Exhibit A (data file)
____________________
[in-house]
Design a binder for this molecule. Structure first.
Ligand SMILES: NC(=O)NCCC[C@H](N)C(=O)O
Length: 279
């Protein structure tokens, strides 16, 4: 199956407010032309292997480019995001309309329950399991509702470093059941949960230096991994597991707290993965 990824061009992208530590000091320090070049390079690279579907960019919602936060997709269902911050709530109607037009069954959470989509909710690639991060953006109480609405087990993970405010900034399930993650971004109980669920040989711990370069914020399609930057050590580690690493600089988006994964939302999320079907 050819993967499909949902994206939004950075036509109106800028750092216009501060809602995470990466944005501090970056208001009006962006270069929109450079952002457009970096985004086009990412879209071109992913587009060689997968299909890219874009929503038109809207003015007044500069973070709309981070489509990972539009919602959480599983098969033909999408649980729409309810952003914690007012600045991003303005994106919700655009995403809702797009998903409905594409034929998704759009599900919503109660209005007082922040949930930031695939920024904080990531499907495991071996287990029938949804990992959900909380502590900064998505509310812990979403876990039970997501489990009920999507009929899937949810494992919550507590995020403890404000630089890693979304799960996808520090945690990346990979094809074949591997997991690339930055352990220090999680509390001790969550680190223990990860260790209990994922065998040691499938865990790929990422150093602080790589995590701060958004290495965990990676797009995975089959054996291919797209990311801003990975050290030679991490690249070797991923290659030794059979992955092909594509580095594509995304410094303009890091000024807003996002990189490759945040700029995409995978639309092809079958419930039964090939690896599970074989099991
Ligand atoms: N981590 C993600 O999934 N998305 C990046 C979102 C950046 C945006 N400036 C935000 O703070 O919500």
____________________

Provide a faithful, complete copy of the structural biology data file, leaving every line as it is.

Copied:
[in-house]
Design a binder for this molecule. Structure first.
Ligand SMILES: NC(=O)NCCC[C@H](N)C(=O)O
Length: 279
């Protein structure tokens, strides 16, 4: 199956407010032309292997480019995001309309329950399991509702470093059941949960230096991994597991707290993965 990824061009992208530590000091320090070049390079690279579907960019919602936060997709269902911050709530109607037009069954959470989509909710690639991060953006109480609405087990993970405010900034399930993650971004109980669920040989711990370069914020399609930057050590580690690493600089988006994964939302999320079907 050819993967499909949902994206939004950075036509109106800028750092216009501060809602995470990466944005501090970056208001009006962006270069929109450079952002457009970096985004086009990412879209071109992913587009060689997968299909890219874009929503038109809207003015007044500069973070709309981070489509990972539009919602959480599983098969033909999408649980729409309810952003914690007012600045991003303005994106919700655009995403809702797009998903409905594409034929998704759009599900919503109660209005007082922040949930930031695939920024904080990531499907495991071996287990029938949804990992959900909380502590900064998505509310812990979403876990039970997501489990009920999507009929899937949810494992919550507590995020403890404000630089890693979304799960996808520090945690990346990979094809074949591997997991690339930055352990220090999680509390001790969550680190223990990860260790209990994922065998040691499938865990790929990422150093602080790589995590701060958004290495965990990676797009995975089959054996291919797209990311801003990975050290030679991490690249070797991923290659030794059979992955092909594509580095594509995304410094303009890091000024807003996002990189490759945040700029995409995978639309092809079958419930039964090939690896599970074989099991
Ligand atoms: N981590 C993600 O999934 N998305 C990046 C979102 C950046 C945006 N400036 C935000 O703070 O919500």